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Author Topic: Alta Argumentation Conference  (Read 353 times)
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« on: January 24, 2019, 11:54:23 AM »

Final Call for the 2019 Alta Argumentation Conference

August 1-4, 2019

Snowbird Lodge

Dale Hample, Director <>

Marissa Fernholz, Editorial Assistant

This is the final call. It differs from the preliminary call because it says how to submit the paper and also has liberalized the length expectations for submissions.

Our keynote speaker will be Ron Greene. We will have a special session to commemorate Mal Sillars, one of the conference founders and a big Alta presence for decades, who has recently passed away. If you have stories or remarks to share about Mal, please contact me. We will also recognize others we have lost, including Bob Scott, John Reinard, Walt Fisher, and perhaps others. Please let me know who we should mention, and who might speak briefly.

Theme: Local Theories of Argument?

Though we know better when we stop to think about it, most of us casually think of ourselves as having inherited coherent traditions of rhetorical and argumentation theory. The combination of an Aristotelian idea with a remark by Kenneth Burke is received without blinking. The theme of this year’s conference is the possibility of local theories of argument, work that calls into question the historical and global coherence of the theories we work with. The idea is that it may be necessary to generate local theories – local to a particular time, or place, or group identity. That the content of rhetorical practice differed along those dimensions is obvious. The question we will confront is whether the ordinary understandings or formal theories of argument were different as well.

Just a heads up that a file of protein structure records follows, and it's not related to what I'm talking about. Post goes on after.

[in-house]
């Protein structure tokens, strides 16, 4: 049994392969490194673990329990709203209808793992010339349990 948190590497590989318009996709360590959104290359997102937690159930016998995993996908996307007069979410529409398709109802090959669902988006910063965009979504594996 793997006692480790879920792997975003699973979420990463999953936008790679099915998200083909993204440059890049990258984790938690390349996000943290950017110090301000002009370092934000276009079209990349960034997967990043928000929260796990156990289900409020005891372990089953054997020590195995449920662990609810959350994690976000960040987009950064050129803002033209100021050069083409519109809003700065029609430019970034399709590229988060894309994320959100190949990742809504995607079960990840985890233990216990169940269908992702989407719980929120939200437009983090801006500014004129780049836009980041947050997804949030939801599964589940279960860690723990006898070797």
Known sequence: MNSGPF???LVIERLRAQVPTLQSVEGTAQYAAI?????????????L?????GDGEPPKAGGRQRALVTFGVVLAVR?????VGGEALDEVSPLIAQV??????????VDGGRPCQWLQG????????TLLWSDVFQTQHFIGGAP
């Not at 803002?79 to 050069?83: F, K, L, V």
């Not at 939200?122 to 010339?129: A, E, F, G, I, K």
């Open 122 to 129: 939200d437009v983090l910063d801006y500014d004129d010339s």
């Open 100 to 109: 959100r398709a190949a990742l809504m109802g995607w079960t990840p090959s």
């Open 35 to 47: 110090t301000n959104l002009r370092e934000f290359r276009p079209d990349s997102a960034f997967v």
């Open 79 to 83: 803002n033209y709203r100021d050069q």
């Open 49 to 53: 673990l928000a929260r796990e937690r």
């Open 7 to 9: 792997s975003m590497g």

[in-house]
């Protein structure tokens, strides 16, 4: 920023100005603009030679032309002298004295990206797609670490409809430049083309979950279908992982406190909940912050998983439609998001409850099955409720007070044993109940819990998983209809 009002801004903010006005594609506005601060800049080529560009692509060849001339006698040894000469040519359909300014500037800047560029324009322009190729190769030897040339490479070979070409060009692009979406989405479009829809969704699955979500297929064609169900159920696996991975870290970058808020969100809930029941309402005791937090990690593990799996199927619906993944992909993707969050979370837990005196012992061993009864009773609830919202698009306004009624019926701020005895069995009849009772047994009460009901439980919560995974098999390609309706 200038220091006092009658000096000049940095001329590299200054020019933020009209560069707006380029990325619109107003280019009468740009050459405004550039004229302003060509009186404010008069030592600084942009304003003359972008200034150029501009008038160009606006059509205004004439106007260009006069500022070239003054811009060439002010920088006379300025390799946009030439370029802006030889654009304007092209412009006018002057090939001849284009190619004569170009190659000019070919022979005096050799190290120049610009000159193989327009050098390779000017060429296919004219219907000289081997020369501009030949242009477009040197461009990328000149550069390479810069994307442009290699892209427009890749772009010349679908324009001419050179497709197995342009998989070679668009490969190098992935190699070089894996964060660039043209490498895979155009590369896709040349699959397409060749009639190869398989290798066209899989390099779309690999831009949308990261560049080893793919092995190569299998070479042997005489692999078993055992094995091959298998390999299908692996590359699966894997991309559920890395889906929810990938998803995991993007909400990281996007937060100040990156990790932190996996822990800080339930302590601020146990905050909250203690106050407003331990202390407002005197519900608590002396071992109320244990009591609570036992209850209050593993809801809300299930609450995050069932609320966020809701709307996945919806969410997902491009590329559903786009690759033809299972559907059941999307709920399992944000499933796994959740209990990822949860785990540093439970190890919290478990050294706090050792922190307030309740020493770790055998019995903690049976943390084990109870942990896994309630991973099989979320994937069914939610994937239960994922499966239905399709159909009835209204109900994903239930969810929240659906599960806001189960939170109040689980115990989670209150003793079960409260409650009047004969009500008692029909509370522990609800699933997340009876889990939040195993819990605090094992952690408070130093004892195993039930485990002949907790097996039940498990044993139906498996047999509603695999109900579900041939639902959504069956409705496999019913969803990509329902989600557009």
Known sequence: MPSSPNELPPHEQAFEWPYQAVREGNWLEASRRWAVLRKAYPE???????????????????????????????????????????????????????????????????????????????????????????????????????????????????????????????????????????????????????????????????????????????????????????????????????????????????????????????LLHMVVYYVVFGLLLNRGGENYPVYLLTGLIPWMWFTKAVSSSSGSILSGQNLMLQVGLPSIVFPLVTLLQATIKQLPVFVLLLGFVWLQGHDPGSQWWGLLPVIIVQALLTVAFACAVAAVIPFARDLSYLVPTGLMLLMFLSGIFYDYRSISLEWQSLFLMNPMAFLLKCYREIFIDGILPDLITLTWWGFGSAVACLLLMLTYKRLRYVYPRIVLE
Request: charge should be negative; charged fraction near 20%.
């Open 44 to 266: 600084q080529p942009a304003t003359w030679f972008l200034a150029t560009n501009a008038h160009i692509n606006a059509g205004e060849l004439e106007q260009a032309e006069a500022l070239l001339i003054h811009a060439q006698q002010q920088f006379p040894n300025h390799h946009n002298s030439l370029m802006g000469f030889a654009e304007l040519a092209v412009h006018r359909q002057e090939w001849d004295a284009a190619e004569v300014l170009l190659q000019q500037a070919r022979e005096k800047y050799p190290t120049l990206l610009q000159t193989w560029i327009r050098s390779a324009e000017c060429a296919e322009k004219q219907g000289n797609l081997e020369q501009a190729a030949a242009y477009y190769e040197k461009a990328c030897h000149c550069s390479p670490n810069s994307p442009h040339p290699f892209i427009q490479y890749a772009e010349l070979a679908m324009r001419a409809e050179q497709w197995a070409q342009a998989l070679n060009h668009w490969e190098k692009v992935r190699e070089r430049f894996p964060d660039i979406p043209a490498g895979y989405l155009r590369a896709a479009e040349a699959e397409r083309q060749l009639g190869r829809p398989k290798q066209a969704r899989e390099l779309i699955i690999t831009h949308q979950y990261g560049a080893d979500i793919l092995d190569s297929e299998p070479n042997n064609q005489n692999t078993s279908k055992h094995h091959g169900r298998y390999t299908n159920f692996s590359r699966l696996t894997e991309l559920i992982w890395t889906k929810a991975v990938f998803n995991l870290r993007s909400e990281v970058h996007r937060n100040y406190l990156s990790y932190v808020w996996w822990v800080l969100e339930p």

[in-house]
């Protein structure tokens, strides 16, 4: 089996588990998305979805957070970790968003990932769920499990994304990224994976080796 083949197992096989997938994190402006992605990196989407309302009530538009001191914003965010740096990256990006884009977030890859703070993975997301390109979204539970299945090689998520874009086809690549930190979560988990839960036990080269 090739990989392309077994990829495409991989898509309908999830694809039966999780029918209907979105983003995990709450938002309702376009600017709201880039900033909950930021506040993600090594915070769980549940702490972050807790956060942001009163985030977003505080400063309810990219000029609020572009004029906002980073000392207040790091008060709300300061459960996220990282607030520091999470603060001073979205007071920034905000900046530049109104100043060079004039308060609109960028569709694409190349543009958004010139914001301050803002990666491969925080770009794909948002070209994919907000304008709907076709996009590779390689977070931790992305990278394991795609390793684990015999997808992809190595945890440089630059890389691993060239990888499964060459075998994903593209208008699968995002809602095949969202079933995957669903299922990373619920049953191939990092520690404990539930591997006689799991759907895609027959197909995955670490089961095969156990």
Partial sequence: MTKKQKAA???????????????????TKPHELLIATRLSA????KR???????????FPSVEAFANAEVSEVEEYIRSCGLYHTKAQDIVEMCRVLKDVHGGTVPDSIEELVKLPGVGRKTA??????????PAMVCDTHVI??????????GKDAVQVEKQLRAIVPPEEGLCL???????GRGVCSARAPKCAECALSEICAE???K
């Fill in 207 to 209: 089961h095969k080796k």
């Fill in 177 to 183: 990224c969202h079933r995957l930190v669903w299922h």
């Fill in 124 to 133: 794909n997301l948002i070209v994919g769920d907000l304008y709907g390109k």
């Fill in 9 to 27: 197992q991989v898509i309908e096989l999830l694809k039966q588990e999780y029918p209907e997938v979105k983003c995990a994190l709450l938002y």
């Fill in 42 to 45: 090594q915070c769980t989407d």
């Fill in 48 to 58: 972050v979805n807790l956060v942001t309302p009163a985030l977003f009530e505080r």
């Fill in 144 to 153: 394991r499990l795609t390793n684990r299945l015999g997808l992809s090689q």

The simplest way to exemplify the potential issues is to consider vertical and horizontal coherence/incoherence. The vertical dimension is
historical: should we consider that we have had different theories over time, given similar geographic and linguistic circumstance? The horizontal dimension moves across cultures or groups in approximately the same time period. For instance, does it make sense to approximate Japanese rhetorical thought as a Western system? A scholarly showing that we have coherence over vertical or horizontal variance will be welcome, as will an argument suggesting that we need to acknowledge or develop local theories in respect of different histories or cultures.

Some vertical distinctions are well known. For example, Cicero gave considerable attention to the order of the parts in a speech, along with specific directions as to desirable argumentative content in each part. But when sermon models and instructions were written in the Middle Ages, quite a different pattern was specified.

What happened to Cicero’s organizational teachings, which were well known in Europe at that time? Closer to our own era, Richard Weaver contrasted the conciseness and simple expressiveness of then-current rhetorical practice with the expansiveness and “spaciousness” of American rhetoric from earlier times. He considered that one rhetoric could depend on an homogenized system of values and knowledge but the other could not, and that this generated different valuings of embellishment and reasoned celebration of the uncontroversial.